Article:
1. I am a Christian and a follower of Christ. I also happen to be gay. I am over 50 now and have been in church most all my life. Whether anyone is aware or not, you (whoever you may be) goes to church and worships with gays. Most gays are not comfortable being open and honest about who they are, most especially in their churches. I always thought the truth would set you free. Instead, it stirs up stife, hateful and hurtful feelings and fear. I realize every christian has differing thoughts on what is acceptable and good biblically. No two people think exactly the same thing on every issue. I don't know if this is helpful to anyone or not, but this is what I believe. I know that Christ died for all sinners and we all sin and fall short. I believe that one must ask Christ into their heart and admit they cannot do it on their own, that we need His Grace and Forgiveness. I believe that if I follow Jesus' teachings and follow his example that I am doing the very best that I can. I cannot find one word that Jesus said against being gay and He did a lot of teaching and had every opportunity to say what is true. There is no mention of it even in the ten commandments or the sermon on the mount. The recurring theme is love. Love God and love your neighbor and love your spouse. I know that many minds are made up and will not change and I get that. I think the big questions are: if it is a sin, don't sinners belong in church? and are my hard feelings and prejudice keeping people that need the Lord away from church? I find it interesting that people, in general, have come to and can tolerate divorce; which Christ spoke most clearly of, but don't want to worship with gays; that He said nothing of. Peace and love to you all.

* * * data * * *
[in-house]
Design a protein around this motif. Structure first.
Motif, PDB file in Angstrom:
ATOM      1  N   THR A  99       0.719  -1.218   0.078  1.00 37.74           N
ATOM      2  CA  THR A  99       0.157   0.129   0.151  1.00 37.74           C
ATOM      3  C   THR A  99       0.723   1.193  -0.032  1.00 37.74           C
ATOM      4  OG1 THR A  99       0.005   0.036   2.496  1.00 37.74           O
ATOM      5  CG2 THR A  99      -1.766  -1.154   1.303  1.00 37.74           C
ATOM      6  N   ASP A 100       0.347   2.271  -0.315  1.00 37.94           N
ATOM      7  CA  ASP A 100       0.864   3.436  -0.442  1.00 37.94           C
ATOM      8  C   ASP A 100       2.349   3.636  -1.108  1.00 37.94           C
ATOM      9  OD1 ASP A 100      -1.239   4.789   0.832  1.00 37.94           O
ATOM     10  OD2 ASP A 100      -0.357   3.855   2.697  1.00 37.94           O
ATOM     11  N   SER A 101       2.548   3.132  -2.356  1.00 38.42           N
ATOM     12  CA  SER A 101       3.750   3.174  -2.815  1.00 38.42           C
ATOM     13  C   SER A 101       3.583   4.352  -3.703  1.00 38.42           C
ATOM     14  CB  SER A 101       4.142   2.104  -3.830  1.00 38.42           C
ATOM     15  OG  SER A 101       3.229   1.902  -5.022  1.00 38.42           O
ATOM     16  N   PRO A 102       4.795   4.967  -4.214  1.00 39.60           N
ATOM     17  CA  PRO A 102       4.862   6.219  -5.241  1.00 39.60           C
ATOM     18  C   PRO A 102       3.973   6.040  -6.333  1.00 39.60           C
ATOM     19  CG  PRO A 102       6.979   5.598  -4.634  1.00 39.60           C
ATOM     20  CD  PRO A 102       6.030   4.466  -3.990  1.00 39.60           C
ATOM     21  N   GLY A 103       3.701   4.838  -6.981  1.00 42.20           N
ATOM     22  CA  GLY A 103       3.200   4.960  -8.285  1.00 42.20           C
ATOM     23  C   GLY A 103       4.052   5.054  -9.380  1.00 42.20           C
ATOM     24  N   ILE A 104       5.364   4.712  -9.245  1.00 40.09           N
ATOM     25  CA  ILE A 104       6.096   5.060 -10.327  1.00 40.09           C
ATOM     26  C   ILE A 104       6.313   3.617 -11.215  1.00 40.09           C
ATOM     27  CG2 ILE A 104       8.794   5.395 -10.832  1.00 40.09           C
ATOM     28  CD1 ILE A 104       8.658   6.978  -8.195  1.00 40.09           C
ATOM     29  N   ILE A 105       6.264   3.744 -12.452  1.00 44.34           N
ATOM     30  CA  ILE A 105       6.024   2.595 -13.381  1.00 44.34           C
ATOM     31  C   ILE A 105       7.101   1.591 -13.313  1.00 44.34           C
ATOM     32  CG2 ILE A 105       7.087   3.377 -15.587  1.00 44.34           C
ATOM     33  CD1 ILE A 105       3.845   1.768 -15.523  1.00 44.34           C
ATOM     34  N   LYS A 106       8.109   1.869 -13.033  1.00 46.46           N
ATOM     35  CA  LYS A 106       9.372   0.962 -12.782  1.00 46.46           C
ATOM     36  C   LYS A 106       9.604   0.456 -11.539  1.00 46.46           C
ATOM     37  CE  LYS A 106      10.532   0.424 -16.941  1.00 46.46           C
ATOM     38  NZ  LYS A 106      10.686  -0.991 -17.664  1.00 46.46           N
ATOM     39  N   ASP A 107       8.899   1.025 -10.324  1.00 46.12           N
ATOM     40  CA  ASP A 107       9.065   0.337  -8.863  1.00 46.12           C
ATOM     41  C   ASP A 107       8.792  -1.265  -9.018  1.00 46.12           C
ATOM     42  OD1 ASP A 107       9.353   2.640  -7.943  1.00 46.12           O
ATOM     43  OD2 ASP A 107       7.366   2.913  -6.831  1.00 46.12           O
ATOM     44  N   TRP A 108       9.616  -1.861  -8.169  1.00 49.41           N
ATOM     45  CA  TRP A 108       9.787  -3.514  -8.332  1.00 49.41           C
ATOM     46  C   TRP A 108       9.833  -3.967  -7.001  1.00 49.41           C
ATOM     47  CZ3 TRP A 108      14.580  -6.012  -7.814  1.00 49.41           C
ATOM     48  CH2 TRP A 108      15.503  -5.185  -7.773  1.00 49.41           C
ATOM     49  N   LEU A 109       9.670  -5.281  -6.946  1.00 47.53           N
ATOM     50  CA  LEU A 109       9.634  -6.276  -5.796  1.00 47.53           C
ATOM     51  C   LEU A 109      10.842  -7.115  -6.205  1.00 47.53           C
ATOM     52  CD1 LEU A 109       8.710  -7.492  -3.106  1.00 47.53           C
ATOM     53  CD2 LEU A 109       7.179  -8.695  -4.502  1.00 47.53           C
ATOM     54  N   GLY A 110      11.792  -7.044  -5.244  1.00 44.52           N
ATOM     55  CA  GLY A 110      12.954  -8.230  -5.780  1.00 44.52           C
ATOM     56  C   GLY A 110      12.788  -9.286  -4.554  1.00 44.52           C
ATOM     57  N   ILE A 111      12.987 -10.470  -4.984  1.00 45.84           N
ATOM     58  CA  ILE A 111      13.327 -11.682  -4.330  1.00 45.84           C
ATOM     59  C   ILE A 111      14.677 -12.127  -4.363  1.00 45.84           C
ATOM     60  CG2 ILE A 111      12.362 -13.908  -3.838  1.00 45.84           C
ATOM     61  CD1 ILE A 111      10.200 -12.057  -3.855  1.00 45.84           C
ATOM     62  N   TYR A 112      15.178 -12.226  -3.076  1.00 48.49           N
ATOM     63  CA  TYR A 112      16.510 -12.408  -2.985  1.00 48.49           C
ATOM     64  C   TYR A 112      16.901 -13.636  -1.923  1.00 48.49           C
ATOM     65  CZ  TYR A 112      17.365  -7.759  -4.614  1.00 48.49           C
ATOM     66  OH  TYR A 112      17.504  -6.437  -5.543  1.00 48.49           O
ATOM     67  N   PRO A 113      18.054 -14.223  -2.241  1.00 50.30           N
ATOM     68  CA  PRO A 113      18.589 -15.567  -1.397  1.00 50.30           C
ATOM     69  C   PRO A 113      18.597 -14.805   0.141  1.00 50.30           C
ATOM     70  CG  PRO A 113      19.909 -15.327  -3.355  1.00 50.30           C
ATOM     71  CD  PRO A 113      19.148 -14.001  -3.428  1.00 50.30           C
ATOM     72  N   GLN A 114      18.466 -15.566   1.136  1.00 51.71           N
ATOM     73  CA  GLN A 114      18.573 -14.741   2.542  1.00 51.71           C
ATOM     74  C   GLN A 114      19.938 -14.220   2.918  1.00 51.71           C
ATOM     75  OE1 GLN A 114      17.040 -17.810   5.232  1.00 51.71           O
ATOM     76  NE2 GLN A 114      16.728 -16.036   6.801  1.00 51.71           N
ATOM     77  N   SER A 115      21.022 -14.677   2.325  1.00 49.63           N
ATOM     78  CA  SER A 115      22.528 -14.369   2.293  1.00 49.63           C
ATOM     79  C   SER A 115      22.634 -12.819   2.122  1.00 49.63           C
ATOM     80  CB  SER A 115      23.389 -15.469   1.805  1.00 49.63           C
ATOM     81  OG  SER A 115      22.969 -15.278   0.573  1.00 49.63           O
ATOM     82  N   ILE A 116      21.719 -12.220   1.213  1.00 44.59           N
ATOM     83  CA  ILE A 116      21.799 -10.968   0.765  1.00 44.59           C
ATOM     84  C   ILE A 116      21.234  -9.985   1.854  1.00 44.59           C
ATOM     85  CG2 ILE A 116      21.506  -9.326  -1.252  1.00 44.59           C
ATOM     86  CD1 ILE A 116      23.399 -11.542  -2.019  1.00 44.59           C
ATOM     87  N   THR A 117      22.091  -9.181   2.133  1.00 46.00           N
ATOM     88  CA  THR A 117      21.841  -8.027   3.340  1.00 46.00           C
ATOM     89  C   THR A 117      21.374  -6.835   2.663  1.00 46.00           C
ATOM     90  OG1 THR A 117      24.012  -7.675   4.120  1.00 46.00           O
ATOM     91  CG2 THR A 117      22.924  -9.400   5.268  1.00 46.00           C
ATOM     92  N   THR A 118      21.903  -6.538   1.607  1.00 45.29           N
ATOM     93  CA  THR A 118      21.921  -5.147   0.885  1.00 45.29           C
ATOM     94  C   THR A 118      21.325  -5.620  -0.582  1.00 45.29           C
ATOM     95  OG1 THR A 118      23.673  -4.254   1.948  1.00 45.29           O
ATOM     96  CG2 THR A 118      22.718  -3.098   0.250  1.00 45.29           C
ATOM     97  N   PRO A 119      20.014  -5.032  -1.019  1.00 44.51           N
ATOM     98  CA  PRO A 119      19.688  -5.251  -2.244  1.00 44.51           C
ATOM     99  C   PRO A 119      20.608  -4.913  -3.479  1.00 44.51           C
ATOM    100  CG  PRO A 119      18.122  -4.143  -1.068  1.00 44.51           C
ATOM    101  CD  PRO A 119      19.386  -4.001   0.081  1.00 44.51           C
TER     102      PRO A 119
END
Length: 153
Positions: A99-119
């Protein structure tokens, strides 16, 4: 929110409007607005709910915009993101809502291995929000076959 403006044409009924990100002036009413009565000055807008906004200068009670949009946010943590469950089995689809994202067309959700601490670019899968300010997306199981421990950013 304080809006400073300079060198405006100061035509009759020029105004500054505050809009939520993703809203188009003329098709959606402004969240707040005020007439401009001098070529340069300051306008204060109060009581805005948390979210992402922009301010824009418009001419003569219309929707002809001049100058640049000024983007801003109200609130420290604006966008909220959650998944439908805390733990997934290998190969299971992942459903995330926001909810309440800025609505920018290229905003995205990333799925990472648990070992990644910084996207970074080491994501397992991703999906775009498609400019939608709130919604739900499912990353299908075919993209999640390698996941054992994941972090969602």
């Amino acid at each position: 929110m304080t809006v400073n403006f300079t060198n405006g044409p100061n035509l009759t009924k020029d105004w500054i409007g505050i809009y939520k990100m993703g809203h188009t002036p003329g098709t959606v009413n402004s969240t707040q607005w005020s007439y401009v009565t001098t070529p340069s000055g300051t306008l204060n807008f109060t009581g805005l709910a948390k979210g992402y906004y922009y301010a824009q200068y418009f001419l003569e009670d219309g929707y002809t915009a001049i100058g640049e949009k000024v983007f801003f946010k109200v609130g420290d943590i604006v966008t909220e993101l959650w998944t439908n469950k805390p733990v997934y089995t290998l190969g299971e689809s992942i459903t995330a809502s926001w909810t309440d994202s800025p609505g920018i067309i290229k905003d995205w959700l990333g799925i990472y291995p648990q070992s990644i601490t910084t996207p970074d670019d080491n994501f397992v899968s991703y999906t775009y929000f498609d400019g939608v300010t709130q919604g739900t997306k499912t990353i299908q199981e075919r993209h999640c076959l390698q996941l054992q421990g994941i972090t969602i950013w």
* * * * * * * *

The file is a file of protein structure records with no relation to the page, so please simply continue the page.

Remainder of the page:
by aFollower

    June 6, 2011

  2. @Solaris Rah, you state your agreement with the scholars you mention, and you even refer to scholars with whom you disagree as "rubes." Your opinion of various commentaries is clear. However, I will reiterate my original question and direct it to you. Have you, Solaris Rah, gone to God and asked God if your position is in error and have you actively asked God to change your heart on the issue of homosexuality? This is a simple "yes" or "no" question. Or, do you believe you don't need to go to God because of (insert your reason here)? Do you believe you are excused from a re-examination of your heart? You don't discuss this in your statement, but you do proclaim your agreement with a group of scholars. The only way to remove a log from your eye is to realize it exists in the first place. By not addressing your own heart in this forum, and by adding your voice of consent and agreement to one side of a scholarly debate, you make my point for me as I originally stated it. Thank you.

    by Gay Christian

    June 1, 2011

  3. @Gay Christian, you may do well to consider this. As a gentile Christian, I of course consider all the Old Testament laws not reiterated in the New Testament to be of none effect for me. That's why I don't worry about wearing mixed clothing or eating pork chops. However, there is a reiteration of part (not all!) of the prohibition against homosexuality, the part that specifies that Christians are not to engage in it (but not that they are to physically punish those who do). Lest you think that latching onto this is the pipe dream of some fundamentalist crack-pots, Robert Jewett (who is so "fundamentalist," he calls God "she"), James Dunn and CEB Cranfield wrote what are unquestionably the 3 most important studies of Romans in English written in the later half of the 20th century. All three, without equivocation, state that Paul had in view a blanket rejection of the entire universe of homosexual practice without regard for commitment, consent, or age. In fact, between the three, these critical scholars, none of whom (except maybe Cranfield by today's standards) is particularly conservative, proceed through modern liberal critical scholarship to unwittingly decimate virtually all the arguments proffered against this by rubes in the discipline of New Testament, like Jack Rodgers, or lesser scholars, like Beverly Gaventa. Jewett can be understood as offering readers this choice: reject the bible as outdated (he prefers to do this) with respect to ethics, or reject homosexuality wholesale, but there is no way to keep both and read Paul responsibly. I agree.

    by Solaris Rah

    May 28, 2011